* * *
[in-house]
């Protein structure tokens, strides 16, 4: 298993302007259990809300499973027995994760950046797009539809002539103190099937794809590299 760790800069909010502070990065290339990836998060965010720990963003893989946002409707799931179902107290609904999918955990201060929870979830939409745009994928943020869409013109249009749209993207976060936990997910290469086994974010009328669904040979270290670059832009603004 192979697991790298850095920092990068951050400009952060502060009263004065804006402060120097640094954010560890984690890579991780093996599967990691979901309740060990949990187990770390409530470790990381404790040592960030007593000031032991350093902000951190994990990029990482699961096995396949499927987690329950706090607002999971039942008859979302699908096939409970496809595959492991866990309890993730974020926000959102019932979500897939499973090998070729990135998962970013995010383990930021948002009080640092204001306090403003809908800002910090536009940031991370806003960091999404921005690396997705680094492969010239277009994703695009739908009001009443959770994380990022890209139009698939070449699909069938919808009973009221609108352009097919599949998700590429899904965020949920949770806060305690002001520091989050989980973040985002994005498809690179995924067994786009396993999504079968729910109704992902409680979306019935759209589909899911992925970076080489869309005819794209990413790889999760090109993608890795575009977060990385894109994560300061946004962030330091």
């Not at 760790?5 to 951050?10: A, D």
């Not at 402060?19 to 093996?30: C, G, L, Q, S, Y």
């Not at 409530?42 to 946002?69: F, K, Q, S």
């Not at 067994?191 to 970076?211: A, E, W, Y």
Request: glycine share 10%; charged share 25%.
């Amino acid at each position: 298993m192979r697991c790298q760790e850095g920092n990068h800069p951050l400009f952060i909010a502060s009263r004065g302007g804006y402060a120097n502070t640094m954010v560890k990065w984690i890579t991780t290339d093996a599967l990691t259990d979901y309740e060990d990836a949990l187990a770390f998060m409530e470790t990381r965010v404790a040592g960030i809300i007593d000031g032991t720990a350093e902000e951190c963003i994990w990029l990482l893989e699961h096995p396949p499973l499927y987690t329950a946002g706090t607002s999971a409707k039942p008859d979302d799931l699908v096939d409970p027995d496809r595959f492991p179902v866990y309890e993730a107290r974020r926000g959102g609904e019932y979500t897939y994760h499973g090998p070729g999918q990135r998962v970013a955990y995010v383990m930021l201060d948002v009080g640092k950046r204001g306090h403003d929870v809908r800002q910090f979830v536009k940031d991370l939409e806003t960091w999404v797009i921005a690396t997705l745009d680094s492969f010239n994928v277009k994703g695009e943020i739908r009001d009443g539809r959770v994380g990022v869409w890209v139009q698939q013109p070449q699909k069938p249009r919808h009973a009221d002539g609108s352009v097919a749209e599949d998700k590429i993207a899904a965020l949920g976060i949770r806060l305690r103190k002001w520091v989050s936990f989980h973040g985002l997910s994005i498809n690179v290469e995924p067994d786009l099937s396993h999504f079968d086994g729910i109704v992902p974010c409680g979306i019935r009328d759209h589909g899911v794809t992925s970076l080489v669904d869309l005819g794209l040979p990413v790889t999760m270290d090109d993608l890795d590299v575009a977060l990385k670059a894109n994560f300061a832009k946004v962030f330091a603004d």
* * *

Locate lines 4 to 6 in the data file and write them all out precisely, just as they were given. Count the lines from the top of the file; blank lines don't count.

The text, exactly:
């Not at 402060?19 to 093996?30: C, G, L, Q, S, Y």
């Not at 409530?42 to 946002?69: F, K, Q, S």
């Not at 067994?191 to 970076?211: A, E, W, Y």